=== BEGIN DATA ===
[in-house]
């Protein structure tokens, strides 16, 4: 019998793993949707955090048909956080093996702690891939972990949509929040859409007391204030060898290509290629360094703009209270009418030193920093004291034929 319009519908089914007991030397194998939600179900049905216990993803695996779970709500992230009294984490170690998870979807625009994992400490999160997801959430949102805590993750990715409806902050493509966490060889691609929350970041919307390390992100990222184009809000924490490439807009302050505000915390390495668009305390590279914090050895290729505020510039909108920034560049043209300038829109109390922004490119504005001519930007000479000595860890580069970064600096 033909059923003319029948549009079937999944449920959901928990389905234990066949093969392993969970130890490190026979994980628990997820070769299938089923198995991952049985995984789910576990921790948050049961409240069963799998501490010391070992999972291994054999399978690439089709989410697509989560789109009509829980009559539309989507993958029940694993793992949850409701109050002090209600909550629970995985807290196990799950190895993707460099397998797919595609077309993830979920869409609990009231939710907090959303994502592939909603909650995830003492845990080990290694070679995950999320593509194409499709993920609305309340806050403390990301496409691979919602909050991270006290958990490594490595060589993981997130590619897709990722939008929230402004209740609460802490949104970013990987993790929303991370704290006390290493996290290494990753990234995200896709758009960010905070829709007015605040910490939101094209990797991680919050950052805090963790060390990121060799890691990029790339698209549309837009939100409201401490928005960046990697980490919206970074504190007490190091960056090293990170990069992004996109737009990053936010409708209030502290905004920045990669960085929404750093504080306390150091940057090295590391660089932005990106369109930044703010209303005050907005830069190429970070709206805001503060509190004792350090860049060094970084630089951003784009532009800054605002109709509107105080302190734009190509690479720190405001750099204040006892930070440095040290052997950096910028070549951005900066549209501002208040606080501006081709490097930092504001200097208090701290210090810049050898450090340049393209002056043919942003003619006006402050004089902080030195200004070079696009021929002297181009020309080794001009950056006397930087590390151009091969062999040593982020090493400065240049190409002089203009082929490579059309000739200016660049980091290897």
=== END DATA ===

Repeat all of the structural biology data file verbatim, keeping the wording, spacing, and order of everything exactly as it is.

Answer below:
[in-house]
């Protein structure tokens, strides 16, 4: 019998793993949707955090048909956080093996702690891939972990949509929040859409007391204030060898290509290629360094703009209270009418030193920093004291034929 319009519908089914007991030397194998939600179900049905216990993803695996779970709500992230009294984490170690998870979807625009994992400490999160997801959430949102805590993750990715409806902050493509966490060889691609929350970041919307390390992100990222184009809000924490490439807009302050505000915390390495668009305390590279914090050895290729505020510039909108920034560049043209300038829109109390922004490119504005001519930007000479000595860890580069970064600096 033909059923003319029948549009079937999944449920959901928990389905234990066949093969392993969970130890490190026979994980628990997820070769299938089923198995991952049985995984789910576990921790948050049961409240069963799998501490010391070992999972291994054999399978690439089709989410697509989560789109009509829980009559539309989507993958029940694993793992949850409701109050002090209600909550629970995985807290196990799950190895993707460099397998797919595609077309993830979920869409609990009231939710907090959303994502592939909603909650995830003492845990080990290694070679995950999320593509194409499709993920609305309340806050403390990301496409691979919602909050991270006290958990490594490595060589993981997130590619897709990722939008929230402004209740609460802490949104970013990987993790929303991370704290006390290493996290290494990753990234995200896709758009960010905070829709007015605040910490939101094209990797991680919050950052805090963790060390990121060799890691990029790339698209549309837009939100409201401490928005960046990697980490919206970074504190007490190091960056090293990170990069992004996109737009990053936010409708209030502290905004920045990669960085929404750093504080306390150091940057090295590391660089932005990106369109930044703010209303005050907005830069190429970070709206805001503060509190004792350090860049060094970084630089951003784009532009800054605002109709509107105080302190734009190509690479720190405001750099204040006892930070440095040290052997950096910028070549951005900066549209501002208040606080501006081709490097930092504001200097208090701290210090810049050898450090340049393209002056043919942003003619006006402050004089902080030195200004070079696009021929002297181009020309080794001009950056006397930087590390151009091969062999040593982020090493400065240049190409002089203009082929490579059309000739200016660049980091290897």